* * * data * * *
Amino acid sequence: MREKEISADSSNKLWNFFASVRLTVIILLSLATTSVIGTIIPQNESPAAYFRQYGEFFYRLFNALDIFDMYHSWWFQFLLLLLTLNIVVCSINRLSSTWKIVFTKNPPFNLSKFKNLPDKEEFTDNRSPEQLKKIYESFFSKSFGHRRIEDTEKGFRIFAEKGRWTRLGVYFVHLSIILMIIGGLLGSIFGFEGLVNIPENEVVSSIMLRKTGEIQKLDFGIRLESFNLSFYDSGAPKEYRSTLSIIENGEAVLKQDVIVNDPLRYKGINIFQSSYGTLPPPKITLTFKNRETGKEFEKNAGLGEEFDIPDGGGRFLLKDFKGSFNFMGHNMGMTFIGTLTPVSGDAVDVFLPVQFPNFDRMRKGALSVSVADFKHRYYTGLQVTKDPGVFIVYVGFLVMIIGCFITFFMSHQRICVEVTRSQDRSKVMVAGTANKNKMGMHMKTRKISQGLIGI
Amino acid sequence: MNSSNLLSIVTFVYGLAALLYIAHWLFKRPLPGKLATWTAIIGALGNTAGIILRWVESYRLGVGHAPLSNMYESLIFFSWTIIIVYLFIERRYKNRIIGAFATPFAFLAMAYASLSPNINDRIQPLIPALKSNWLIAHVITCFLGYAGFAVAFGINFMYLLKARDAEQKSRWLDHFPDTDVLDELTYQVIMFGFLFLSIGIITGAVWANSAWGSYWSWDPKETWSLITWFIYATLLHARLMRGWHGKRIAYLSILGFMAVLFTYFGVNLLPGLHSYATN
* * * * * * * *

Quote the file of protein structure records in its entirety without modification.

Amino acid sequence: MREKEISADSSNKLWNFFASVRLTVIILLSLATTSVIGTIIPQNESPAAYFRQYGEFFYRLFNALDIFDMYHSWWFQFLLLLLTLNIVVCSINRLSSTWKIVFTKNPPFNLSKFKNLPDKEEFTDNRSPEQLKKIYESFFSKSFGHRRIEDTEKGFRIFAEKGRWTRLGVYFVHLSIILMIIGGLLGSIFGFEGLVNIPENEVVSSIMLRKTGEIQKLDFGIRLESFNLSFYDSGAPKEYRSTLSIIENGEAVLKQDVIVNDPLRYKGINIFQSSYGTLPPPKITLTFKNRETGKEFEKNAGLGEEFDIPDGGGRFLLKDFKGSFNFMGHNMGMTFIGTLTPVSGDAVDVFLPVQFPNFDRMRKGALSVSVADFKHRYYTGLQVTKDPGVFIVYVGFLVMIIGCFITFFMSHQRICVEVTRSQDRSKVMVAGTANKNKMGMHMKTRKISQGLIGI
Amino acid sequence: MNSSNLLSIVTFVYGLAALLYIAHWLFKRPLPGKLATWTAIIGALGNTAGIILRWVESYRLGVGHAPLSNMYESLIFFSWTIIIVYLFIERRYKNRIIGAFATPFAFLAMAYASLSPNINDRIQPLIPALKSNWLIAHVITCFLGYAGFAVAFGINFMYLLKARDAEQKSRWLDHFPDTDVLDELTYQVIMFGFLFLSIGIITGAVWANSAWGSYWSWDPKETWSLITWFIYATLLHARLMRGWHGKRIAYLSILGFMAVLFTYFGVNLLPGLHSYATN